Gulfstream Park is placing its bets on some new ideas to boost its fortunes.
By Pat Dunnigan
Like every other horse-racing track in the country, Gulfstream Park in Hallandale Beach has been struggling. Attendance is stagnant, and the tracks aren't attracting younger fans. But Gulfstream Park is determined to beat the odds. Three months ago, it hired Scott Savin, a thoroughbred owner and former executive director of the National Horsemen's Benevolent & Protective Association, to run the park. Savin has grand plans -- plans that may not sit well with racing's older, hard-core enthusiasts.
For starters, Savin has added weekend music concerts, a rock-climbing wall and an assortment of new food offerings that run from pizza to seared tuna Nicoise. A rooftop bar and grill offers live music and a "simulcasting happy hour." There's even a carousel to lure a new kind of patron to the track. "When your fan base is 55 and older, you're losing people all the time," says Savin. "We have to evolve, and we have to change."
He pictures a weekend crowd full of young families and fun-seekers a generation younger than the sport's current devotees -- perhaps drawn in by a pre-race show that combines a beginner's introduction to the sport with video clips of horse-racing scenes featured in well-known movies and television shows. Some of them, Savin admits, won't even come to see the main attraction. But that's OK, he says, because some will give horse racing a look, maybe even place a bet, courtesy of a free $2 ticket. "People really like our sport once they understand it," he says.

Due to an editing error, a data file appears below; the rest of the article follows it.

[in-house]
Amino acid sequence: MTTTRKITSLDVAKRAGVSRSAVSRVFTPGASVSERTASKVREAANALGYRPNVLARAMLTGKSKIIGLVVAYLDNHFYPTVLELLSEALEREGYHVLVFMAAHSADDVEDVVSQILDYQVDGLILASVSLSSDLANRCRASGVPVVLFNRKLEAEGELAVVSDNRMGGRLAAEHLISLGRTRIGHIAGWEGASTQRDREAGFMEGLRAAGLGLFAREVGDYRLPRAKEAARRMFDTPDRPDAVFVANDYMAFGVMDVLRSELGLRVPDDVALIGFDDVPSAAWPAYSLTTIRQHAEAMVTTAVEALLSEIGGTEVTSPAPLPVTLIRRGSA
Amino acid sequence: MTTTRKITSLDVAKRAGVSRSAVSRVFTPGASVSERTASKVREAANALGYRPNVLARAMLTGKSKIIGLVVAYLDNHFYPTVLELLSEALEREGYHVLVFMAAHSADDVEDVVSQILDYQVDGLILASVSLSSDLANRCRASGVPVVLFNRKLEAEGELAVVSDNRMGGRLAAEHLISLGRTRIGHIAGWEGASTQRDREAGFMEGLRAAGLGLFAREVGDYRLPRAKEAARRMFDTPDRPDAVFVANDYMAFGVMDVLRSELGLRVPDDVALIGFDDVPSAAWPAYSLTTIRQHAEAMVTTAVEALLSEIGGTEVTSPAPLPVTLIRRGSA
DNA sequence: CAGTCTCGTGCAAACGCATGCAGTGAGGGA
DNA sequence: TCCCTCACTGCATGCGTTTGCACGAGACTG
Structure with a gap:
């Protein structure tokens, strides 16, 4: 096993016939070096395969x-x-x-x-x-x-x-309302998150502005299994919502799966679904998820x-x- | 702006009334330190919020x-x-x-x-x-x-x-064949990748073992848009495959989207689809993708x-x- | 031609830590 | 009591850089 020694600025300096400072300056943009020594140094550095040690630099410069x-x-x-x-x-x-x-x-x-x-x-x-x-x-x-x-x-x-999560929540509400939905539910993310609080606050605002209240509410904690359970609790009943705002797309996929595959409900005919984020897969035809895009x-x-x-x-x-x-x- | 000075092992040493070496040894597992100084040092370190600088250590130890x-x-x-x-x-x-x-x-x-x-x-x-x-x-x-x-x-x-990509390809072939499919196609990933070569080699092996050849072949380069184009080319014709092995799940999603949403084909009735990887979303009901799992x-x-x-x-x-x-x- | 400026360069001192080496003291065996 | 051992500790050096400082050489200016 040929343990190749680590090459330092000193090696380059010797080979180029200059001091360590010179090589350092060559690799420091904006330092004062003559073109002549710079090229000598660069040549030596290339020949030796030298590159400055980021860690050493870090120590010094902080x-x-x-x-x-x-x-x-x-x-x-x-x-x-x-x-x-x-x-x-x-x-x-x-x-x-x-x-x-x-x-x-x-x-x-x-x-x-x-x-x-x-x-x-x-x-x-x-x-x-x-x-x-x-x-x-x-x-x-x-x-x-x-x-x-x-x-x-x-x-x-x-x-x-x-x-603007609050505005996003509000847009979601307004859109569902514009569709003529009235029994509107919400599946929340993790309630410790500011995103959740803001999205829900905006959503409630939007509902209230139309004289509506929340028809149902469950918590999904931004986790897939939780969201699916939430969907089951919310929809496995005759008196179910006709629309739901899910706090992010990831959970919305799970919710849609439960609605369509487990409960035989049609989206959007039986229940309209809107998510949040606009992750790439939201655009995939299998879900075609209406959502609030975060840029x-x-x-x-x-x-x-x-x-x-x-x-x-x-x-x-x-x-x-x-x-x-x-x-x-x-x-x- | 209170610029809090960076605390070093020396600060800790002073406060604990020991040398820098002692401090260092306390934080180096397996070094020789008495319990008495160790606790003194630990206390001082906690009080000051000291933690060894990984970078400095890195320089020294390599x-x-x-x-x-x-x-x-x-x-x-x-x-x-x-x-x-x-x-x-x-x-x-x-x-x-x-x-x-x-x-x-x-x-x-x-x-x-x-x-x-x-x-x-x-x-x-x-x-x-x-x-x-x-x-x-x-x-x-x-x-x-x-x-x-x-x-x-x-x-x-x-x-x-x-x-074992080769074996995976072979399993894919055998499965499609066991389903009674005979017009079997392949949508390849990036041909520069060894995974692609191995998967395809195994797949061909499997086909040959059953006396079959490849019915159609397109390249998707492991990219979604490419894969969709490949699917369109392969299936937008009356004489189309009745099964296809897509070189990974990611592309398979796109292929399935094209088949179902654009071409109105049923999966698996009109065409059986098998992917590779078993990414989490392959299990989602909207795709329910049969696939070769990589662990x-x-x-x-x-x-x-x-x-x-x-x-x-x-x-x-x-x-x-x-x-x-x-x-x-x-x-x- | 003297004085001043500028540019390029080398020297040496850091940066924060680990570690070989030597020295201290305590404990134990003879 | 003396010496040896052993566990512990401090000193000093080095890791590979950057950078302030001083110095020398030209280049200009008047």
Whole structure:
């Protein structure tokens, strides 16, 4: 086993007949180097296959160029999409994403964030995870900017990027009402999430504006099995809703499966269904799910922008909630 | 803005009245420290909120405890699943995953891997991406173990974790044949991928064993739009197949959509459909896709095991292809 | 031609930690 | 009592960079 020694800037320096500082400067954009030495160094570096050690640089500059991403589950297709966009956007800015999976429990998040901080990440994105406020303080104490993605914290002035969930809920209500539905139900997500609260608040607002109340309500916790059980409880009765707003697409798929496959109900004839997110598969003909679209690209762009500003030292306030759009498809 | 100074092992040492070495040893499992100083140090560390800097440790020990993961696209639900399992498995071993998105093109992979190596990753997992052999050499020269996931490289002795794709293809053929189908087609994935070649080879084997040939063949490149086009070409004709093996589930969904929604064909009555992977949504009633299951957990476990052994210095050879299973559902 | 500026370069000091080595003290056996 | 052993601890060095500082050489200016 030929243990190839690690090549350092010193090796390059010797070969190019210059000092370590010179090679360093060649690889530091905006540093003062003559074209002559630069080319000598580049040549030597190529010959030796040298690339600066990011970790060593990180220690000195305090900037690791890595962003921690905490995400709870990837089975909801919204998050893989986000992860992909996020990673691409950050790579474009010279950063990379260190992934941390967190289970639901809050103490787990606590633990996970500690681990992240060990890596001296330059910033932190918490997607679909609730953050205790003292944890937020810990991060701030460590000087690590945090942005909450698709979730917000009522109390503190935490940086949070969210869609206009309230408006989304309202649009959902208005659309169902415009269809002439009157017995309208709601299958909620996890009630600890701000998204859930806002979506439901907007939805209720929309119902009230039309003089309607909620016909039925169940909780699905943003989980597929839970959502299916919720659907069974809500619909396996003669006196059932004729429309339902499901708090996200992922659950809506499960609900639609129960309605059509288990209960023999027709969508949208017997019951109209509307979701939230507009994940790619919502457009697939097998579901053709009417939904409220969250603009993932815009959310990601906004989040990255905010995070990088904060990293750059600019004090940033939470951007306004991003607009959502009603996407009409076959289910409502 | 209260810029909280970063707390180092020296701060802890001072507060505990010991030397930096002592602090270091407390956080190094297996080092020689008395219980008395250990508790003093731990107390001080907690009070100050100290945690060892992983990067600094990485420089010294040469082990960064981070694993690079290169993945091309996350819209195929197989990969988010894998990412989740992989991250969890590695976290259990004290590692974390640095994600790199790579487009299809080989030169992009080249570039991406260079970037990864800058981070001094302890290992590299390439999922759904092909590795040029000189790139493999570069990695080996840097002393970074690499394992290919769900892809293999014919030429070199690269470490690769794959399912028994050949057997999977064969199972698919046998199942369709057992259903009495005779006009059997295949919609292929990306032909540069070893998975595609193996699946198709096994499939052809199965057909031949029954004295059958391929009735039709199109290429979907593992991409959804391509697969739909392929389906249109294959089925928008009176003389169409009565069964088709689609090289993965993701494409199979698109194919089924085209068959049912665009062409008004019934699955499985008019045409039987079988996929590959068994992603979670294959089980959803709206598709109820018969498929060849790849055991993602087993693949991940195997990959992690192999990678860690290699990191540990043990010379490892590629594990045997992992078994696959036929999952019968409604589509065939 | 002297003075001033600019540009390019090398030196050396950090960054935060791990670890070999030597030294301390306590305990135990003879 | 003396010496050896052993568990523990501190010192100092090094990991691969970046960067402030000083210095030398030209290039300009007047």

Measured against the overall racing industry, Gulfstream is holding its own, drawing about 13,000 on weekdays and 19,000 a day on weekends during its 63-day season, which starts in January and ends in March. The industry's standards these days, however, may not be good benchmarks: "When we don't shrink, everyone thinks we're doing well, which really wouldn't fly in any other business," says Savin.
Savin and Gulfstream owner Frank Stronach, a Canadian auto-parts magnate who has become one of the industry's most outspoken advocates for change, have even more ambitious improvements planned for the 61-year-old park. In April, they hope to break ground on a three-year, $100-million overhaul that will shrink the grandstands but add luxury boxes, a new clubhouse, a 5,000-sq.-ft. indoor arena and a giant sports bar.
The result, Savin says, will be something for everybody. "We know we're on the right track."
Boca Raton -- Software maker Daleen Technologies (Nasdaq: DALN) laid off 135 workers -- 27% of its workforce -- in response to a drop in sales to telecommunications companies. In Boca, 51 workers were laid off. The company makes software to manage customer billing. It went public in 1999 at $12 a share and has yet to turn a profit.
In another of several tech-company layoffs in the region, website developer Virtacon Corp. let 16 employees go in December in a move a company spokeswoman attributed to unrealized client projections. The company markets itself to government and educational clients as well as businesses.
Discount brokerage Shochet Securities, based in Hallandale, has signed former Miami Dolphins Coach Don Shula to help launch the company's marketing campaign that will pitch Shochet as "the financial coach." The company is a subsidiary of Shochet Holding Corp. (Nasdaq-SHOC), which went public a year ago.
RailAmerica (Nasdaq-RAIL), based in Boca Raton, sold its South Central Tennessee Railroad. RailAmerica is the world's largest short-line and regional railroad operator.
First Union Corp. completed its acquisition of Boca Raton brokerage JWGenesis Financial Corp. for $103.2 million.
Boynton Beach -- A deal to outsource the manufacturing of some pagers, cell phones and other products will force layoffs of as many as 450 workers at Motorola's Boynton Beach plant. Another 350 employees will be transferred to the company's Plantation plant or offered jobs in Fort Worth, Texas, according to published reports. The $70-million deal calls for Toronto-based Celestica to buy Motorola plants in Dublin, Ireland, and Mount Pleasant, Iowa, and take over production of some Motorola products.